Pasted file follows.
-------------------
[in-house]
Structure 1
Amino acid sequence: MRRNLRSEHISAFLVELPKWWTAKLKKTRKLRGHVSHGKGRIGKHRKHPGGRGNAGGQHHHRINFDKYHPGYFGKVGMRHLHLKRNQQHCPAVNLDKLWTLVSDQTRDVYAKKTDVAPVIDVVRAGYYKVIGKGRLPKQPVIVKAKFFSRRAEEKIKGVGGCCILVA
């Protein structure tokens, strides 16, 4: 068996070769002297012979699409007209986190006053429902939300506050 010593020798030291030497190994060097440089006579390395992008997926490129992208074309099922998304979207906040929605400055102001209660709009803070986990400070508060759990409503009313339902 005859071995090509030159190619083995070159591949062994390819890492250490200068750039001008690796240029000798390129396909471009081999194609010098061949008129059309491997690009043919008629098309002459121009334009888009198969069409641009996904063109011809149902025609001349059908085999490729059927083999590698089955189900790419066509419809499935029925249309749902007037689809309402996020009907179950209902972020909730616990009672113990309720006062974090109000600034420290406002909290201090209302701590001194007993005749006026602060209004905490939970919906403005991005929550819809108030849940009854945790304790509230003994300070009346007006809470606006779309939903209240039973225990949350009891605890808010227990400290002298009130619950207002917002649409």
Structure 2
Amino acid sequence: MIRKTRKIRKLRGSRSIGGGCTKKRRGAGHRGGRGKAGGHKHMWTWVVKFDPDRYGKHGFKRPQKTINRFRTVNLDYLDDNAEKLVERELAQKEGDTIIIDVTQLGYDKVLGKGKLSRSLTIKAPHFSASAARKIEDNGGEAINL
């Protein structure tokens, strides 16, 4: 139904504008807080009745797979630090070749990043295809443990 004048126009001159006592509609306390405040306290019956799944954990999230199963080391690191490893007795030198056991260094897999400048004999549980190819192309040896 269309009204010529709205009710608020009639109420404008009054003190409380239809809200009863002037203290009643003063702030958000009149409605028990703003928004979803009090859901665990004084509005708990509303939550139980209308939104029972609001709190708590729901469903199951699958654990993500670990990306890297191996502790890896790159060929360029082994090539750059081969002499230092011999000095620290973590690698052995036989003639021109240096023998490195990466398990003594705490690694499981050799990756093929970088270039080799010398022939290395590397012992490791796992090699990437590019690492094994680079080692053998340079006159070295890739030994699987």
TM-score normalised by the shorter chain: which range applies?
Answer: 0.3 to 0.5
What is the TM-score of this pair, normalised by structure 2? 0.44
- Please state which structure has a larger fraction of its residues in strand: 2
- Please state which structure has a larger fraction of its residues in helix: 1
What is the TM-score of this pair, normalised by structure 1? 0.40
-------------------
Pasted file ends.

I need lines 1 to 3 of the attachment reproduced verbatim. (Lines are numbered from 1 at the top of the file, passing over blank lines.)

[in-house]
Structure 1
Amino acid sequence: MRRNLRSEHISAFLVELPKWWTAKLKKTRKLRGHVSHGKGRIGKHRKHPGGRGNAGGQHHHRINFDKYHPGYFGKVGMRHLHLKRNQQHCPAVNLDKLWTLVSDQTRDVYAKKTDVAPVIDVVRAGYYKVIGKGRLPKQPVIVKAKFFSRRAEEKIKGVGGCCILVA